Zoi Maraki

When it comes to improving fertility, optimal nutrition holds a central role. Even though everyone, at any age, needs good nutrition to function properly, a lack of basic nutrients is particularly detrimental to successful outcome in conception and pregnancy. A frequent problem encountered by many couples trying to conceive is the extent of nutritional information that exists, which can be contradictory and confusing. Through enquiry into diet and lifestyle, my aim is to provide sound, evidence-based advice regarding nutritional requirements and to empower individuals to take control of their own general health and wellbeing.


As a herbal practitioner, I believe that herbs too have a role in strengthening the body’s normal functions. Modern herbal medicine (also known as phytotherapy) applies scientific research findings to traditional insights from the past. Indeed, substantial evidence from clinical trials for a role of herbs in treating such conditions as premenstrual syndrome, depression, irritable bowel syndrome, migraine and some acute infections, like the common cold, already exist. Unlike orthodox drugs that generally have a single ingredient, plant medicines contain many ingredients and may have several simultaneous therapeutic actions on the body. Hence, my approach to infertility is an integrated one that combines nutritional guidance with the use of herbs to assist in the optimization of the process of conception.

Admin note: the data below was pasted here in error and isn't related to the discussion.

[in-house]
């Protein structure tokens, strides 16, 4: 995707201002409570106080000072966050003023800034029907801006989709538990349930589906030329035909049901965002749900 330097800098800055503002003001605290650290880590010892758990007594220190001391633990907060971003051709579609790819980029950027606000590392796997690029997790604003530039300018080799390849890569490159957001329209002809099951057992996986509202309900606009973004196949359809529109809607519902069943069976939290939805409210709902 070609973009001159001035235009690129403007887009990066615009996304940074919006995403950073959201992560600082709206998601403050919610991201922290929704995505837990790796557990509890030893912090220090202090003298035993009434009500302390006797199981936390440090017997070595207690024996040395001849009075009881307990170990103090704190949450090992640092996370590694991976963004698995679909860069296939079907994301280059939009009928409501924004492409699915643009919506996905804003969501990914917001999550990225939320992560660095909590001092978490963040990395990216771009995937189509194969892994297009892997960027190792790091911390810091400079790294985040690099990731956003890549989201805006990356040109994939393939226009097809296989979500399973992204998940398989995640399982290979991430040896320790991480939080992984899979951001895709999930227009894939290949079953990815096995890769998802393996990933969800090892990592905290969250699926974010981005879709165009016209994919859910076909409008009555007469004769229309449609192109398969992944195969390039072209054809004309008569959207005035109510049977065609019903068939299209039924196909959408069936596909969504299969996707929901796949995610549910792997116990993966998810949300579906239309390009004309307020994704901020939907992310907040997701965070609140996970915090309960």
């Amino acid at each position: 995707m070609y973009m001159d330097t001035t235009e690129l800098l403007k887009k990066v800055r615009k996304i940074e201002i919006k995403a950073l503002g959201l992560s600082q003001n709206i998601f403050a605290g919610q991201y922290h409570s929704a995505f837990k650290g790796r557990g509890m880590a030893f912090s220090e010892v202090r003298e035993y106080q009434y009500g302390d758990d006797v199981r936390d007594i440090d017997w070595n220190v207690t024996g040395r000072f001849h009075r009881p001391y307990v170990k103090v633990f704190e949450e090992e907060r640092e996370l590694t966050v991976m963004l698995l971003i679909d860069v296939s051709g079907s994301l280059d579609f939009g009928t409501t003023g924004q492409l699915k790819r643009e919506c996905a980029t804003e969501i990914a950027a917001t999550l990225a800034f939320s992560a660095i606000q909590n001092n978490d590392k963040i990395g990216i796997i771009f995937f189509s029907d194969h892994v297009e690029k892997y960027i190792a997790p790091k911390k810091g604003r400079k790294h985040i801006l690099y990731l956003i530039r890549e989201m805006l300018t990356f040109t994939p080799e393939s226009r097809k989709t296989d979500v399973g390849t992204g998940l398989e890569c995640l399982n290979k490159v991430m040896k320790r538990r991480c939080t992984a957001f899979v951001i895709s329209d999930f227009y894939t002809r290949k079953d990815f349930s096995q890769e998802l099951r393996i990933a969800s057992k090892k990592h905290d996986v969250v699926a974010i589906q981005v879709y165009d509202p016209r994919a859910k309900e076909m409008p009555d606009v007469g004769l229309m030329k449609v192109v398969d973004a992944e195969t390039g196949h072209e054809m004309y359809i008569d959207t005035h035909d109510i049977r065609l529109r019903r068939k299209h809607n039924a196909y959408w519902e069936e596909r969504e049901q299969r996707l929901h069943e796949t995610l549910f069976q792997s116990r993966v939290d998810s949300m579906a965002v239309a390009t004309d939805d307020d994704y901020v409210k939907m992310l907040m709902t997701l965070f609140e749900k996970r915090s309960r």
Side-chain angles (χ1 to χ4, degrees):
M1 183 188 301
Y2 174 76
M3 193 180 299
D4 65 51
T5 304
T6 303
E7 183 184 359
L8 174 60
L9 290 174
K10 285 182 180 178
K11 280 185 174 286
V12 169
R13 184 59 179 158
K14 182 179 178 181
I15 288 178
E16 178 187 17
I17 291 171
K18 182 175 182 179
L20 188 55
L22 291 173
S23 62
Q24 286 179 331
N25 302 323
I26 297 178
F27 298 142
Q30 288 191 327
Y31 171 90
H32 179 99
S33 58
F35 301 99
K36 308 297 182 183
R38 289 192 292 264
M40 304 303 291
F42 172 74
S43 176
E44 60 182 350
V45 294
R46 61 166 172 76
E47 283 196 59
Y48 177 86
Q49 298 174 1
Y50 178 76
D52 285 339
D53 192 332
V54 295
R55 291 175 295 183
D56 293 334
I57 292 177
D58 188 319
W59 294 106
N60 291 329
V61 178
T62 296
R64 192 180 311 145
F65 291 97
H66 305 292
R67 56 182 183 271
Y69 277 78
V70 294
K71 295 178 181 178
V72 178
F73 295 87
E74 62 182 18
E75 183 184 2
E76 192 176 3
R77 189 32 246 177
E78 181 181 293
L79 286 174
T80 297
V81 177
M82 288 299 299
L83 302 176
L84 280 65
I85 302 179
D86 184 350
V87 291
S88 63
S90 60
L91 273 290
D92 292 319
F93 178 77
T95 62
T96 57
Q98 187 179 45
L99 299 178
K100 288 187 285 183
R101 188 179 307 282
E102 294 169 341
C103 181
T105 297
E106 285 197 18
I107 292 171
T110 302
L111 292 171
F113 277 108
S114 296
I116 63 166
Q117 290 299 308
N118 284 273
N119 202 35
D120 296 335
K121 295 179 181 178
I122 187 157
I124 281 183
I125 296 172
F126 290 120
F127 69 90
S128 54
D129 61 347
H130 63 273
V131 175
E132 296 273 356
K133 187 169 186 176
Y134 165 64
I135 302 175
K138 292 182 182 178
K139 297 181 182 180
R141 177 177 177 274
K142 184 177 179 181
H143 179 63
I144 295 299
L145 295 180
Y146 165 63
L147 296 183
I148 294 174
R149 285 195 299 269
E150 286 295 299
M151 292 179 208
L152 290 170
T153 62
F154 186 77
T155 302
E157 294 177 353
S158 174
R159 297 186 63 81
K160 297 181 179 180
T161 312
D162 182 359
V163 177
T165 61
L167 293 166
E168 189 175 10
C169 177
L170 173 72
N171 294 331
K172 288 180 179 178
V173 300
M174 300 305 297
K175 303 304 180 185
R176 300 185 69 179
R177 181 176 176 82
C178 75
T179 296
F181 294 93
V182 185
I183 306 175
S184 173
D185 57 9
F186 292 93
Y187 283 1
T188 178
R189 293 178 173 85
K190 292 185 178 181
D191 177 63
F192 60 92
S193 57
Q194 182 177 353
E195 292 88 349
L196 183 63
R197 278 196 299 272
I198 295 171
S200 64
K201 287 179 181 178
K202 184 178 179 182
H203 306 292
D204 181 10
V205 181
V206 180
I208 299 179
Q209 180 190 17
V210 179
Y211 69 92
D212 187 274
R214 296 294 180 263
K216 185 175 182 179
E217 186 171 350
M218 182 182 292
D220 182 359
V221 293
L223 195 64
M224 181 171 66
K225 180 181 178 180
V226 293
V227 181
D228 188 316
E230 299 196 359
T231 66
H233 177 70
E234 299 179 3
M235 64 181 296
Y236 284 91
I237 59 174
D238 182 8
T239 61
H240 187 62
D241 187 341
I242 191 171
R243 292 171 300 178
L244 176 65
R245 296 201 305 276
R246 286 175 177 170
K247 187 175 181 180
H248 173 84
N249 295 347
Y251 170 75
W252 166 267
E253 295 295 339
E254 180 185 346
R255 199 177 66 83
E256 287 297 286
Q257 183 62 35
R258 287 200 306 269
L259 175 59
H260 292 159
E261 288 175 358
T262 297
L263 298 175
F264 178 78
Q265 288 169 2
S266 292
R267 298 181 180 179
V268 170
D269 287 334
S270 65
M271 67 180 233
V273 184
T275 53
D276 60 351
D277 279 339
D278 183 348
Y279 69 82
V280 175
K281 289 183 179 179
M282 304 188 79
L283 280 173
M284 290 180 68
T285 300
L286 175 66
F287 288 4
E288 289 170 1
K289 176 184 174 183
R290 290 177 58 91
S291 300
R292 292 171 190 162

I qualified as a Nutritionist from Oxford Brookes University (BSc) and furthered my knowledge by undertaking an MSc in Human Nutrition (Sports) at London Metropolitan University. Inspired by narratives in botanical medicine, I went on to gain a First Class Honours BSc in Western Herbal Medicine from Westminster University. During my herbal studies I completed over 500 hours of clinical experience at the University’s Polyclinic, where I had the opportunity to observe a variety of common gynaecological problems, including infertility. Since graduating I have had the opportunity of seeing both women and men in a private herbal clinic, where I have encountered a variety of conditions, especially involving women.


I am a member of the College of Practitioners of Phytotherapy and the Association for Nutrition. I am fully insured and subject to a strict code of conduct. I regularly attend seminars, conferences and workshops to continue my professional development and stay updated with new research.